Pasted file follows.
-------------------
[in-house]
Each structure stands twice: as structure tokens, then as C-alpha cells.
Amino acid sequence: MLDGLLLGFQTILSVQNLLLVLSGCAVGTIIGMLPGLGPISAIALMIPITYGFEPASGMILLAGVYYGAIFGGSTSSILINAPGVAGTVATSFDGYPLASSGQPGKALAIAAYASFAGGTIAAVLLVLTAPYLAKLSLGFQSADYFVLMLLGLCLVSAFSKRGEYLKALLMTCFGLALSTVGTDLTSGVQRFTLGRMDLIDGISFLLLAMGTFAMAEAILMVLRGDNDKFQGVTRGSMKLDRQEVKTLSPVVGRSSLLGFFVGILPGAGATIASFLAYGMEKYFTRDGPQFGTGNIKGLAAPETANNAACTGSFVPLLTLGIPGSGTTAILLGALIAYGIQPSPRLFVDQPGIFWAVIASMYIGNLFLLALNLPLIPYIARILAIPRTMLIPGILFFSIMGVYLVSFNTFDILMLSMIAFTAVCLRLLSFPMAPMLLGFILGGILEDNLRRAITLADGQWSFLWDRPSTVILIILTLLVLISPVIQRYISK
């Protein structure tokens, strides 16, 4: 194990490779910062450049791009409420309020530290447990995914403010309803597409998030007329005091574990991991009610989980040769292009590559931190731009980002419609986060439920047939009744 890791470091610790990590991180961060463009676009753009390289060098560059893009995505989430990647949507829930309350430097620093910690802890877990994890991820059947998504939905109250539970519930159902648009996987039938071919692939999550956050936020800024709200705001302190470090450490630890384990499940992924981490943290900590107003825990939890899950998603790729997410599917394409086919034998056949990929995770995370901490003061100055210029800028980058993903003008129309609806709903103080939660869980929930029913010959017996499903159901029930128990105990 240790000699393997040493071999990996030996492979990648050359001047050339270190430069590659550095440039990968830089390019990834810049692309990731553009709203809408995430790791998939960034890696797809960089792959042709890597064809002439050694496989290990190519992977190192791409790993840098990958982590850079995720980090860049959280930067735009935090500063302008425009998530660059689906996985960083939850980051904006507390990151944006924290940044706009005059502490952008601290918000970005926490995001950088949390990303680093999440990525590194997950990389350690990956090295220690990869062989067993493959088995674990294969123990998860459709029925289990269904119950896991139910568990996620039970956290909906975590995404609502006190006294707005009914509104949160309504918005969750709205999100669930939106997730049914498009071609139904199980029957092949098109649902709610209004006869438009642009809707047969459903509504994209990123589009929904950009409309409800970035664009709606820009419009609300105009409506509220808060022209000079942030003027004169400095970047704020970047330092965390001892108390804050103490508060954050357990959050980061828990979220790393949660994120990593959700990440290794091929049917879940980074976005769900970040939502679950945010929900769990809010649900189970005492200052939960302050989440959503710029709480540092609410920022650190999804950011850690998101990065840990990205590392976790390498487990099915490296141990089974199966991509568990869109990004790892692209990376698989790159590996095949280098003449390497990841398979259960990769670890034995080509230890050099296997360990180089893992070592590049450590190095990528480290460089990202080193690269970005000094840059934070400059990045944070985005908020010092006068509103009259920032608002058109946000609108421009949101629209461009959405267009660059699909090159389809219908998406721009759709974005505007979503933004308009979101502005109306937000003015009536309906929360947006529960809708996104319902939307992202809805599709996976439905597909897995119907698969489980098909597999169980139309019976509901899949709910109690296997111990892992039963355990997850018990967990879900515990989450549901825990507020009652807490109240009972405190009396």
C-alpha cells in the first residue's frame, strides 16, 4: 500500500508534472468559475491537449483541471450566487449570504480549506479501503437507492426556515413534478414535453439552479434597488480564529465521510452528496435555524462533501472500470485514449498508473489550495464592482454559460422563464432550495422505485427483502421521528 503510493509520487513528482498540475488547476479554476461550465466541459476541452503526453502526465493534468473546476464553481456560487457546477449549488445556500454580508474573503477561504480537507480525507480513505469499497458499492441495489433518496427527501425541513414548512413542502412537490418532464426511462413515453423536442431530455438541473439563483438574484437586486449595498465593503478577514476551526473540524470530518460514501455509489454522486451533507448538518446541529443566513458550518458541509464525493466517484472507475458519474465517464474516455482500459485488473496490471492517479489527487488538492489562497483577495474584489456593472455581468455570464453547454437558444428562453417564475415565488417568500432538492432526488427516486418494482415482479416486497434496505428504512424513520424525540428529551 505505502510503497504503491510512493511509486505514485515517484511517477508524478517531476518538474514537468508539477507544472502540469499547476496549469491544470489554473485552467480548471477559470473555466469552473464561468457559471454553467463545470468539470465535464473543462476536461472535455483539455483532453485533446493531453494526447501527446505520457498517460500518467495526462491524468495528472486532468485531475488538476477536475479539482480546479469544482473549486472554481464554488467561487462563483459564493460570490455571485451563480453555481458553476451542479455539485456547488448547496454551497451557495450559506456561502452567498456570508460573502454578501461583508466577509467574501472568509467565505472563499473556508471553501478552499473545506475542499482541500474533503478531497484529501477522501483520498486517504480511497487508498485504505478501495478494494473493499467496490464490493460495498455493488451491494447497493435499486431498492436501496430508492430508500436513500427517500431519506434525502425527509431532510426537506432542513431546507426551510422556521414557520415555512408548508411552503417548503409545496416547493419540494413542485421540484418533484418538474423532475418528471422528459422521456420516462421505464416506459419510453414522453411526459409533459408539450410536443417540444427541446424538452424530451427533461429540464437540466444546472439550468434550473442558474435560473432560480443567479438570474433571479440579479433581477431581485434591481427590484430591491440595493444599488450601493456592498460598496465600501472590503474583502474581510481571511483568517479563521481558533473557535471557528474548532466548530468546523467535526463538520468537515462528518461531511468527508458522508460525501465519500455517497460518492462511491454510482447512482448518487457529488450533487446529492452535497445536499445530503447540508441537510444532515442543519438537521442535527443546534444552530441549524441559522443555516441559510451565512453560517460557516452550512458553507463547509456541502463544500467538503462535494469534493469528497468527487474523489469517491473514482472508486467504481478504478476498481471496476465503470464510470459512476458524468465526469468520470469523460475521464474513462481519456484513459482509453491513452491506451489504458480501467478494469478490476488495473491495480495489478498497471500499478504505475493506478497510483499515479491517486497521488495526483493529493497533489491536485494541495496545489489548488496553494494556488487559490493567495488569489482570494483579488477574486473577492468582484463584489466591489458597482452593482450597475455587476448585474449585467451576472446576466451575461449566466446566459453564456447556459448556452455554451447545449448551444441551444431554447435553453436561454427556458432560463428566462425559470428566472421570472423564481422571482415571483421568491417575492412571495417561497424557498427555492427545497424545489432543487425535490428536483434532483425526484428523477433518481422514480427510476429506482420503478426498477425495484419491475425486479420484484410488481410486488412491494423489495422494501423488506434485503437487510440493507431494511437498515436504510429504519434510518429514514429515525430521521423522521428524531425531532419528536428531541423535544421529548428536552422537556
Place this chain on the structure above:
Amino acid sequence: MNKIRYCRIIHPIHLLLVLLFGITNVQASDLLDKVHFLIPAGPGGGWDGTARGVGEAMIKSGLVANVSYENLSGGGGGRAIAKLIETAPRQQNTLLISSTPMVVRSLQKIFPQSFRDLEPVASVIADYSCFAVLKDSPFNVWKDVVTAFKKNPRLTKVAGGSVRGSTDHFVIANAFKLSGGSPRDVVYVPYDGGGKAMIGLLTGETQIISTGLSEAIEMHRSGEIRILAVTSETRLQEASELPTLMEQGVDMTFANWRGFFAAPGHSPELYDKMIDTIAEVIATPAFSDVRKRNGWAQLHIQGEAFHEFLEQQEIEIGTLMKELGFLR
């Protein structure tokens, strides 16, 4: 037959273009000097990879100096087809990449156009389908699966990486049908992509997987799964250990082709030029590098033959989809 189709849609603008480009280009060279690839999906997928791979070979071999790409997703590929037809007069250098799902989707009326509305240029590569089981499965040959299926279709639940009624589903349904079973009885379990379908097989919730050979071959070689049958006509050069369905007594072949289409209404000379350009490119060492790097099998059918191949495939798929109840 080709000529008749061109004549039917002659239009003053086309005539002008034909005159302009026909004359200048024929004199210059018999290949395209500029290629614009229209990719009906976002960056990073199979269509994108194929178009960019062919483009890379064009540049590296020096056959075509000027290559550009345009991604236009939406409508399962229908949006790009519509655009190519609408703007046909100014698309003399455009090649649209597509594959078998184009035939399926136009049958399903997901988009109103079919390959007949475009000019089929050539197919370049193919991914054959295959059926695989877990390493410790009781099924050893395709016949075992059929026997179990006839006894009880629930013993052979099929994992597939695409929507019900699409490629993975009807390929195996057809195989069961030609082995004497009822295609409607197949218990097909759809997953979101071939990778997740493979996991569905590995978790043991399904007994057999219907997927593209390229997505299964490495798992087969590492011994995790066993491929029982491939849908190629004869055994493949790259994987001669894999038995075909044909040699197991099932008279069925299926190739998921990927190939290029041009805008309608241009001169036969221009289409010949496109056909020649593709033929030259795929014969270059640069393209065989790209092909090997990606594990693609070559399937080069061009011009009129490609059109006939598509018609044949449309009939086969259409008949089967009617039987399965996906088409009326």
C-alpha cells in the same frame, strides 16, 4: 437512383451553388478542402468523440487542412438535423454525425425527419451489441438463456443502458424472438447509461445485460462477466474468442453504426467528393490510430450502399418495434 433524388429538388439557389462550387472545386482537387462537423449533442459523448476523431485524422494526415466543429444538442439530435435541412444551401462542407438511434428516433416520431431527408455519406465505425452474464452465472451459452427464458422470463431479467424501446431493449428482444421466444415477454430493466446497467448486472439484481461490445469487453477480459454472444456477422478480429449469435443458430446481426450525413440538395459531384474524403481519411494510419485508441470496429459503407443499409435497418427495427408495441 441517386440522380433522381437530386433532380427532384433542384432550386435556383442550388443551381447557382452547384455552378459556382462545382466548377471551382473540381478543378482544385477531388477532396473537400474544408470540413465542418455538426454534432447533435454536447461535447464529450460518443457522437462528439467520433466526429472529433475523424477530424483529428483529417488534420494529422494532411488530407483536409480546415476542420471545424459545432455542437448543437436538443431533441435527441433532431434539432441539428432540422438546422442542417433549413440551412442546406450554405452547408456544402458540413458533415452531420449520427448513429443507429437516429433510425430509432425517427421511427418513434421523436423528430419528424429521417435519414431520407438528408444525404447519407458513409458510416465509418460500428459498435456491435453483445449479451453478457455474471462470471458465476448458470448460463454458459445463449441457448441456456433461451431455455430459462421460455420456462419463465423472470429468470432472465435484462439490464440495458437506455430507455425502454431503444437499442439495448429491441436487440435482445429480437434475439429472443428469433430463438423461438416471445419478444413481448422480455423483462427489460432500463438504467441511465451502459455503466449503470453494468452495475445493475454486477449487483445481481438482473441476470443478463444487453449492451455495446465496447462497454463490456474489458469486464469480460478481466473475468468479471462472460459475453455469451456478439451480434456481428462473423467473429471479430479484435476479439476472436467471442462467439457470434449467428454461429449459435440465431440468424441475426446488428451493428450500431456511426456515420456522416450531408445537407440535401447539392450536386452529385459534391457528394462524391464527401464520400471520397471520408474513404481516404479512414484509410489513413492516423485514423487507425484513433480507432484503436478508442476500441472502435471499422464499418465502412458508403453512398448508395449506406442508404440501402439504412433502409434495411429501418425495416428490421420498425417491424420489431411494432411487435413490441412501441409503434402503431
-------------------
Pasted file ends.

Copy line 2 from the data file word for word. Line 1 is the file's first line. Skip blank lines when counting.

Each structure stands twice: as structure tokens, then as C-alpha cells.